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Fight Against Child Violence

Posted Dec 02 2010 10:17pm
Change your facebook profile picture to a cartoon character from your childhood and invite your friends to do the same. Until monday (Dec. 6) there should be no human faces on facebook, but an invasion of memories.(FOR THE FIGHT AGAINST CHILD VIOLENCE!)

For a mother of four kids, it's not hard for me to just change my profile picture, it says fight gainst child violence, so be it. But what does it really mean? To create awareness, I think. But where it begun? Who initiated it? And how can changing your profile picture to a cartoon character will help in fight against child violence?

In my search for the culprit, I first look in the website of Unicef. I knew there was one last week, National Day of Prayer and Action for Children in Makati City . UNICEF joins religious leaders to launch global initiative to promote exclusive breastfeeding. Clearly it's about breastfeeding and not fight against child violence (I will ask some people if Unicef initiated it). I can't find a site that offers explanation on how changing the profile pic will help in fight against child violence.

When you say it is to create awareness, it is to make the knowledge be known to public. It is to make the public understand a certain issue and in this case, child violence. So how can this profile change campaign creates awareness? Is it the curiosity that arises from other users? But really how many users will take time to research or even read about Child Violence? Or is it a way to show you support the Fight Child Violence? But what is Child Violence all about? And after the given time frame? What happens? Will the number of child abuse cases be lessen?

This maybe another case of social networking hype, but it's fun nonetheless.

On with the more serious topic: Child Violence.

Based on Republic Act No. 9262 , Anti-Violence Against Women and Their Children, Act of 2004; "Children" refers to those below eighteen (18) years of age or older but are incapable of taking care of themselves as defined under Republic Act No. 7610. As used in this Act, it includes the biological children of the victim and other children under her care.

Violence is an act or a series of acts that result in or will most likely result in physical, sexual, psychological harm or suffering. This harm includes (but not limited) the following:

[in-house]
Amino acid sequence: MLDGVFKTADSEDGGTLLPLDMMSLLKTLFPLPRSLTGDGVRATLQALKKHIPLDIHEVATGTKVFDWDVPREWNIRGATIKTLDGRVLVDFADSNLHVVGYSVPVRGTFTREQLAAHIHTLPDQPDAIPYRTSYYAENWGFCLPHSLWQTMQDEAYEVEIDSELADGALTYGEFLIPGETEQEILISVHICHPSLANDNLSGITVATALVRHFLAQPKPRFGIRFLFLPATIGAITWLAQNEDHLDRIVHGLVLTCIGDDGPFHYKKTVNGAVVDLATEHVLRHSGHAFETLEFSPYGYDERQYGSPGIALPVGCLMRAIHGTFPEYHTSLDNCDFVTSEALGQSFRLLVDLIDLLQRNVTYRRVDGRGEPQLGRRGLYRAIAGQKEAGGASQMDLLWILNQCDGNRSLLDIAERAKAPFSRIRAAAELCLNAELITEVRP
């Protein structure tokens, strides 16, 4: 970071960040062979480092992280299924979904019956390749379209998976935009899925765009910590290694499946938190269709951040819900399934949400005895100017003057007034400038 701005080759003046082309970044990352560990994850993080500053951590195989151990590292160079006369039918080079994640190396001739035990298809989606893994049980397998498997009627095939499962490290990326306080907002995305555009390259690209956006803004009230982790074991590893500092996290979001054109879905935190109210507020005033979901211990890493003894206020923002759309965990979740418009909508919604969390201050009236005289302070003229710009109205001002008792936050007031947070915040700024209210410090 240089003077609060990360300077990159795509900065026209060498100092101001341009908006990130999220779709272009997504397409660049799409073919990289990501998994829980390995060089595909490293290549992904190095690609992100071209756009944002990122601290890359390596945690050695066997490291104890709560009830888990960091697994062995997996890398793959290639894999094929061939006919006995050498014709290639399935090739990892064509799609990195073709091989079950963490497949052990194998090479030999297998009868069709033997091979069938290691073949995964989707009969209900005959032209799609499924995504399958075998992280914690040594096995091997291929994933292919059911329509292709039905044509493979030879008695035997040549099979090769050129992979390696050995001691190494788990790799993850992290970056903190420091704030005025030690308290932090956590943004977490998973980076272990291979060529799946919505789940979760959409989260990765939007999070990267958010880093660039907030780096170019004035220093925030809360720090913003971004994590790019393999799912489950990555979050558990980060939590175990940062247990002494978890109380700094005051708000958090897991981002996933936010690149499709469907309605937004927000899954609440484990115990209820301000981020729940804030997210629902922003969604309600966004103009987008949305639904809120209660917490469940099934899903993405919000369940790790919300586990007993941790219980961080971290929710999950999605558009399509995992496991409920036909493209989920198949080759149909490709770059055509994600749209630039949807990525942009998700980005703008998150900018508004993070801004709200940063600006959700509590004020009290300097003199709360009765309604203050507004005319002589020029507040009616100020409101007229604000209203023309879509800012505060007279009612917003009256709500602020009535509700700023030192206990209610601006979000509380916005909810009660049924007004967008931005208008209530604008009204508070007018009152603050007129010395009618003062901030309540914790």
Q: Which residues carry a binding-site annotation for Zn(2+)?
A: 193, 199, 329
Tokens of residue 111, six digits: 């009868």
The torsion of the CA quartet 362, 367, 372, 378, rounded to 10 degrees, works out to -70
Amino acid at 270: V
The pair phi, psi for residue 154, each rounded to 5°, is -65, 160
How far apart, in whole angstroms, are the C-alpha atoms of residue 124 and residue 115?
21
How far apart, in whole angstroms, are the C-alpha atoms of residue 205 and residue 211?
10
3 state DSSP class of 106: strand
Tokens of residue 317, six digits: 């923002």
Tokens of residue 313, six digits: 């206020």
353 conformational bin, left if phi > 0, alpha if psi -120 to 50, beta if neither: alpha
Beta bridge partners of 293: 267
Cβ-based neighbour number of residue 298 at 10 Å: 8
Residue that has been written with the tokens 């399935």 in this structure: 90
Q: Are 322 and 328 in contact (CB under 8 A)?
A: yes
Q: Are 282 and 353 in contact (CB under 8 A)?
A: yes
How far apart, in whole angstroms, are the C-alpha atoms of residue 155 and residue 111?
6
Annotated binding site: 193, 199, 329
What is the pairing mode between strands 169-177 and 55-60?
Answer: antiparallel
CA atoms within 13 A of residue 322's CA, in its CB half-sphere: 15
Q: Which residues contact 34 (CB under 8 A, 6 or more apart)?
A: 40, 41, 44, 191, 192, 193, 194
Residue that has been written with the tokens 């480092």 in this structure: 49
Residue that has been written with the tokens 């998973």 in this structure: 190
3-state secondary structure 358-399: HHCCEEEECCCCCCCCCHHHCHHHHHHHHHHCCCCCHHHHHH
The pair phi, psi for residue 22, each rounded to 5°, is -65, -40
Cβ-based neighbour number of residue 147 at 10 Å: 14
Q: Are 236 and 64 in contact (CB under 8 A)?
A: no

• Physical
  • Sexual
  • Psychological
  • Economic Abuse
Physical violence can be easily identify. It refers to acts that is done physically. Sexual violence on the other hand refers to act that are sexual in nature. But how can one say that is sexual? Below are some acts that are considered as sexual abuse (again from Anti-Violence Against Women and Their Children):
  • Rape, sexual harassment, acts of lasciviousness, treating a woman or her child as a sex object, making demeaning and sexually suggestive remarks, physically attacking the sexual parts of the victim's body, forcing her/him to watch obscene publications and indecent shows or forcing the woman or her child to do indecent acts and/or make films thereof, forcing the wife and mistress/lover to live in the conjugal home or sleep together in the same room with the abuser;
  • acts causing or attempting to cause the victim to engage in any sexual activity by force, threat of force, physical or other harm or threat of physical or other harm or coercion;
  • Prostituting the woman or child.
But the acts are not limited to the mentioned above.

Psychological violence refer to acts that results to mental or emotional suffering.

There is no exact day for fight against Child Violence but November 19 is the International Day for Prevention of Child Abuse and Neglect.

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